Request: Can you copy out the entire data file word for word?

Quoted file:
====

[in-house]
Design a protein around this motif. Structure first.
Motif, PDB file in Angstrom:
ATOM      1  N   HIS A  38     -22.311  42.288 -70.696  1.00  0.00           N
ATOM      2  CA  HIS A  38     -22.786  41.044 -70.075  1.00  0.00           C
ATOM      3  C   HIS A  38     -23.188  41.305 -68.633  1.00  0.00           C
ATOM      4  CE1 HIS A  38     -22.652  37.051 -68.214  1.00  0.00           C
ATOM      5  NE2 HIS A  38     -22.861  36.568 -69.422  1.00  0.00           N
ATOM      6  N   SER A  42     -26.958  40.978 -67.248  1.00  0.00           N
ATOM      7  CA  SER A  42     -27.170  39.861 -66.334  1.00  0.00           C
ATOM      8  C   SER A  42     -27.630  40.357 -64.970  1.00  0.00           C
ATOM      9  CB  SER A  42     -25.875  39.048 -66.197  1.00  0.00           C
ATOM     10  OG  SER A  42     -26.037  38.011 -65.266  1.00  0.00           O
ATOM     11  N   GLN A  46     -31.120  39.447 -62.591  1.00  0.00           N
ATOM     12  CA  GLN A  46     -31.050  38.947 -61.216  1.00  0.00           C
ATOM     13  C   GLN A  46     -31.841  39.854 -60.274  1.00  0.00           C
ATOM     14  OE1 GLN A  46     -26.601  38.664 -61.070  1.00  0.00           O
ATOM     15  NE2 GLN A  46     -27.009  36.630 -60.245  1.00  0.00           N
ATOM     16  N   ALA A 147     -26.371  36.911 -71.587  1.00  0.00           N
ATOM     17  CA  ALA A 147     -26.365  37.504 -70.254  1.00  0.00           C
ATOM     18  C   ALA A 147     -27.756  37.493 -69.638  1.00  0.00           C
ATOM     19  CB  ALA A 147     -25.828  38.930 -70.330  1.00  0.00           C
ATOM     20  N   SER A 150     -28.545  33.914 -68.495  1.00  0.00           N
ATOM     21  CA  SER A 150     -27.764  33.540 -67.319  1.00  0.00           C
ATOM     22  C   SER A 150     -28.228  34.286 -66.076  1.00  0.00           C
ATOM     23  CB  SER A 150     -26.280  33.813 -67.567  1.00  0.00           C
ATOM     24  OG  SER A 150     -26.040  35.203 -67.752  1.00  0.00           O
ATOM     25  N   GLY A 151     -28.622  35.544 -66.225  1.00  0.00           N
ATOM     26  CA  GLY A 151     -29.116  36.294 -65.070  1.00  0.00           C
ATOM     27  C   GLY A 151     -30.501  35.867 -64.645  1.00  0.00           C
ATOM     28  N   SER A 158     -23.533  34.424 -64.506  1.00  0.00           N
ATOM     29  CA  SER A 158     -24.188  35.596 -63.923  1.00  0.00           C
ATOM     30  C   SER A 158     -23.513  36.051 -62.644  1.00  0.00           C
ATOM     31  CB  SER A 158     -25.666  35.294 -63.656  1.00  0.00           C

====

[in-house]
Design a protein around this motif. Structure first.
Motif, PDB file in Angstrom:
ATOM      1  N   HIS A  38     -22.311  42.288 -70.696  1.00  0.00           N
ATOM      2  CA  HIS A  38     -22.786  41.044 -70.075  1.00  0.00           C
ATOM      3  C   HIS A  38     -23.188  41.305 -68.633  1.00  0.00           C
ATOM      4  CE1 HIS A  38     -22.652  37.051 -68.214  1.00  0.00           C
ATOM      5  NE2 HIS A  38     -22.861  36.568 -69.422  1.00  0.00           N
ATOM      6  N   SER A  42     -26.958  40.978 -67.248  1.00  0.00           N
ATOM      7  CA  SER A  42     -27.170  39.861 -66.334  1.00  0.00           C
ATOM      8  C   SER A  42     -27.630  40.357 -64.970  1.00  0.00           C
ATOM      9  CB  SER A  42     -25.875  39.048 -66.197  1.00  0.00           C
ATOM     10  OG  SER A  42     -26.037  38.011 -65.266  1.00  0.00           O
ATOM     11  N   GLN A  46     -31.120  39.447 -62.591  1.00  0.00           N
ATOM     12  CA  GLN A  46     -31.050  38.947 -61.216  1.00  0.00           C
ATOM     13  C   GLN A  46     -31.841  39.854 -60.274  1.00  0.00           C
ATOM     14  OE1 GLN A  46     -26.601  38.664 -61.070  1.00  0.00           O
ATOM     15  NE2 GLN A  46     -27.009  36.630 -60.245  1.00  0.00           N
ATOM     16  N   ALA A 147     -26.371  36.911 -71.587  1.00  0.00           N
ATOM     17  CA  ALA A 147     -26.365  37.504 -70.254  1.00  0.00           C
ATOM     18  C   ALA A 147     -27.756  37.493 -69.638  1.00  0.00           C
ATOM     19  CB  ALA A 147     -25.828  38.930 -70.330  1.00  0.00           C
ATOM     20  N   SER A 150     -28.545  33.914 -68.495  1.00  0.00           N
ATOM     21  CA  SER A 150     -27.764  33.540 -67.319  1.00  0.00           C
ATOM     22  C   SER A 150     -28.228  34.286 -66.076  1.00  0.00           C
ATOM     23  CB  SER A 150     -26.280  33.813 -67.567  1.00  0.00           C
ATOM     24  OG  SER A 150     -26.040  35.203 -67.752  1.00  0.00           O
ATOM     25  N   GLY A 151     -28.622  35.544 -66.225  1.00  0.00           N
ATOM     26  CA  GLY A 151     -29.116  36.294 -65.070  1.00  0.00           C
ATOM     27  C   GLY A 151     -30.501  35.867 -64.645  1.00  0.00           C
ATOM     28  N   SER A 158     -23.533  34.424 -64.506  1.00  0.00           N
ATOM     29  CA  SER A 158     -24.188  35.596 -63.923  1.00  0.00           C
ATOM     30  C   SER A 158     -23.513  36.051 -62.644  1.00  0.00           C
ATOM     31  CB  SER A 158     -25.666  35.294 -63.656  1.00  0.00           C